Copyright 2006 American Medical Association. All Rights Reserved. Applicable FARS/DFARS Restrictions Apply to Government Use.2006
I enjoyed reading the article entitled “Closing the Quality Chasm in Health Care: The Role of Critical Reading” in the April 2005 issue of the ARCHIVES.1 I agree with much of what was stated in that article but thought it could have gone further.
My background has been in both private practice (21 years) and, more recently, in academic medicine (11 years). My interest in understanding adult learning theory was prompted by my becoming a teacher of medical students and residents when I went into academic medicine. However, as I looked back on my practice years, I realized that, for many years, my partners and I had struggled with how to become “lifelong learners.” In our practice in Charlottesville, Va, we invited speakers over the noon hour to talk to us, we attended Continuing Medical Education meetings, we published articles, some of us taught at the University of Virginia (Charlottesville) 1 day a week, and we each read up to 12 journals a month, but we were not confident that our methods promoted optimal learning.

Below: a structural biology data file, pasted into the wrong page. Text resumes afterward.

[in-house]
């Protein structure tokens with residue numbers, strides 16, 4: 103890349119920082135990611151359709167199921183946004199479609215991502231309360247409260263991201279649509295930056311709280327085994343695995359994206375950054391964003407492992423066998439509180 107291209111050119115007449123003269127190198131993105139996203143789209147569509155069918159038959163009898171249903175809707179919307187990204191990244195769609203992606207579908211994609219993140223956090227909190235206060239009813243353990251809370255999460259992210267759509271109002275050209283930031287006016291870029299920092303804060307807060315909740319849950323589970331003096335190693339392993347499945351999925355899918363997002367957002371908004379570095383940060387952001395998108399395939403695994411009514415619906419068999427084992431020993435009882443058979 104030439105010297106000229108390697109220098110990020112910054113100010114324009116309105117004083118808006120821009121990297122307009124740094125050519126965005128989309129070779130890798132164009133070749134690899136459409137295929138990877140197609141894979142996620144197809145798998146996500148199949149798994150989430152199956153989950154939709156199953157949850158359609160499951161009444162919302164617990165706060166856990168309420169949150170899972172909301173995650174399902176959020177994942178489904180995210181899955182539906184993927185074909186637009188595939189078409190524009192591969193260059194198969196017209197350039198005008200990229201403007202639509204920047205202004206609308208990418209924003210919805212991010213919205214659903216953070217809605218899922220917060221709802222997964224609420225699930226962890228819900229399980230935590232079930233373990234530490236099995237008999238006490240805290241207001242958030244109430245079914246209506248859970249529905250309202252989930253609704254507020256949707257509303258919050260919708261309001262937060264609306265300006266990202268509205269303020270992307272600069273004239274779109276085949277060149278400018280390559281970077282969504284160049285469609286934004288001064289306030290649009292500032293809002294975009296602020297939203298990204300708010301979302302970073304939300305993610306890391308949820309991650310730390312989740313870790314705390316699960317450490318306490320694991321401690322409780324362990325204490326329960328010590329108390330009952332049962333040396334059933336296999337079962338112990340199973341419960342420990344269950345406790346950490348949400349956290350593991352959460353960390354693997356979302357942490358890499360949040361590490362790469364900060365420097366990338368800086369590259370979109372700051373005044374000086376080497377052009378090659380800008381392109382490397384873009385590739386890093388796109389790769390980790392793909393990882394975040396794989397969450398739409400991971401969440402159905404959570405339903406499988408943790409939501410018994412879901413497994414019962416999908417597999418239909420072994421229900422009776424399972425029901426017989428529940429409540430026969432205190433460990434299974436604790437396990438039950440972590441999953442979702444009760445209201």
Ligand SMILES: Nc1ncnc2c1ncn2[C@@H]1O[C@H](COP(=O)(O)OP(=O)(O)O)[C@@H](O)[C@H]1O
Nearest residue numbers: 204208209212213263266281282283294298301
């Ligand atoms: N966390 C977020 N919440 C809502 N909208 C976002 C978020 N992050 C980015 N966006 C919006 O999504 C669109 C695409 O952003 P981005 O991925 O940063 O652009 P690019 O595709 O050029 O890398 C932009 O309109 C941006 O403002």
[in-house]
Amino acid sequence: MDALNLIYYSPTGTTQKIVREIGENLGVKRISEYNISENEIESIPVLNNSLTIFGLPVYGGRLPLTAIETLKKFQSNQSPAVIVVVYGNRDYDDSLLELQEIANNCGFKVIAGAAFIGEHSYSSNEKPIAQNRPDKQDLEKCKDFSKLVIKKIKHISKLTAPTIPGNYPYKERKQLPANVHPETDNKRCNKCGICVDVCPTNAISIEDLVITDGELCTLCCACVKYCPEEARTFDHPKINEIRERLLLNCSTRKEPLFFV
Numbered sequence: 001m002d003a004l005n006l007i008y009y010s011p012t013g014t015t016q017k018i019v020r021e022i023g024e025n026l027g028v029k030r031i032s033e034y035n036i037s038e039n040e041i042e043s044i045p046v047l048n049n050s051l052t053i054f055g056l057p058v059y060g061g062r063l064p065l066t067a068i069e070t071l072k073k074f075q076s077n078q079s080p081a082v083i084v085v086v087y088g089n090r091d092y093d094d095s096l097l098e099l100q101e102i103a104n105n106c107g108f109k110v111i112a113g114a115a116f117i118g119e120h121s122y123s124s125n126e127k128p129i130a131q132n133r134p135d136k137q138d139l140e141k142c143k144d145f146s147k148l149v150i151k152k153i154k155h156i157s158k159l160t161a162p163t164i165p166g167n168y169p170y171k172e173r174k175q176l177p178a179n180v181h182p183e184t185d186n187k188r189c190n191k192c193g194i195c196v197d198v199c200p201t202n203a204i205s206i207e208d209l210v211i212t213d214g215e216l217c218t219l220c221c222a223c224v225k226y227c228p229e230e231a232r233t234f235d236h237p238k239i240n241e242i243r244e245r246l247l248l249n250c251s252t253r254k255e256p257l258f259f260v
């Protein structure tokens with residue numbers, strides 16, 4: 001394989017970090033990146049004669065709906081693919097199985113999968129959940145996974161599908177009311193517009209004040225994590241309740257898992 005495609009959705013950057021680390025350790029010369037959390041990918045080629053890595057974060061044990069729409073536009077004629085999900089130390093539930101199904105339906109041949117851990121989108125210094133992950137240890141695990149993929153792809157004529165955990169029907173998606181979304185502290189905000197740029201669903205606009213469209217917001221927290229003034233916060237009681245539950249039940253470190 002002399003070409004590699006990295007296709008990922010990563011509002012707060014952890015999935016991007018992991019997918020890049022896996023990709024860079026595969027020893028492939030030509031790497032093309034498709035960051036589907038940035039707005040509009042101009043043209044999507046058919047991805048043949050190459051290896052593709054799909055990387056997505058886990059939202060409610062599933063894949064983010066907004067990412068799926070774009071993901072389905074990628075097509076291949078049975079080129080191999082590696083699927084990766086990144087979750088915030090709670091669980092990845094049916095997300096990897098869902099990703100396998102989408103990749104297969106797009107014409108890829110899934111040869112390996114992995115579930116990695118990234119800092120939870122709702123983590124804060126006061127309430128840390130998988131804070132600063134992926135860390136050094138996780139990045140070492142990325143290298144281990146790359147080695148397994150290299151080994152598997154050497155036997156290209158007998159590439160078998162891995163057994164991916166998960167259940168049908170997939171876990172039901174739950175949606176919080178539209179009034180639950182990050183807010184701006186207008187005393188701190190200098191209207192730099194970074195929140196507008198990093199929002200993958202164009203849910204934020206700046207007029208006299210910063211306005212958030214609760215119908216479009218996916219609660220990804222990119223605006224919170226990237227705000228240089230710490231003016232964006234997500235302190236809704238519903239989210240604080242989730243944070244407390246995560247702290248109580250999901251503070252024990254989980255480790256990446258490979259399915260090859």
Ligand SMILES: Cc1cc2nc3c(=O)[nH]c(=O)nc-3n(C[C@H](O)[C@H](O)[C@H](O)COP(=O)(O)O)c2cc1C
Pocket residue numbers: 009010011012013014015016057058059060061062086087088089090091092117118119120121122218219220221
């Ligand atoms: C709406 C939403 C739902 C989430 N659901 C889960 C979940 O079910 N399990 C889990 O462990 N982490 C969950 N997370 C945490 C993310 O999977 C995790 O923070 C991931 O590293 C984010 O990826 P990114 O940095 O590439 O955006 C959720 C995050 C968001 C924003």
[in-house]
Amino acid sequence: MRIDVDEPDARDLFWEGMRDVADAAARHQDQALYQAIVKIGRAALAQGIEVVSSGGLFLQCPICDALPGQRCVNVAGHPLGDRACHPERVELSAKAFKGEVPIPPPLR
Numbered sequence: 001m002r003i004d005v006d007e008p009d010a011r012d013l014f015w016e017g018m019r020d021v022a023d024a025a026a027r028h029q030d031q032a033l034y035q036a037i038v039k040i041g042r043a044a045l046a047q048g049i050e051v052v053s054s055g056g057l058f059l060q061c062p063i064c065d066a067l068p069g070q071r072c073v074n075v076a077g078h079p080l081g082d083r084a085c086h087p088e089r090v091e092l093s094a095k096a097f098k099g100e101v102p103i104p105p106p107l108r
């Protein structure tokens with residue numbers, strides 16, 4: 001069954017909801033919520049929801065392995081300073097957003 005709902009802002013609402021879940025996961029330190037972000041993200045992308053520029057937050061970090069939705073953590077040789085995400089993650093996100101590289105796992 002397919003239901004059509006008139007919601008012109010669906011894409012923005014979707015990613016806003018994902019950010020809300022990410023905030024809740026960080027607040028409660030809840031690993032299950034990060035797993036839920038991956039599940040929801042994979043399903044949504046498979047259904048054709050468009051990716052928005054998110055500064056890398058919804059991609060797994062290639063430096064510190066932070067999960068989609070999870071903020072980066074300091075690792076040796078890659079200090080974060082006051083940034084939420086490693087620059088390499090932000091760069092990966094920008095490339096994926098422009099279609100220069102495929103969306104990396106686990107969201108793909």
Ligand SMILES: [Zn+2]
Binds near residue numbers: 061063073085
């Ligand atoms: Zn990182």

Benjamin JT. Adult Learning. Arch Pediatr Adolesc Med. 2006;160(1):106–107. doi:10.1001/archpedi.160.1.106-b
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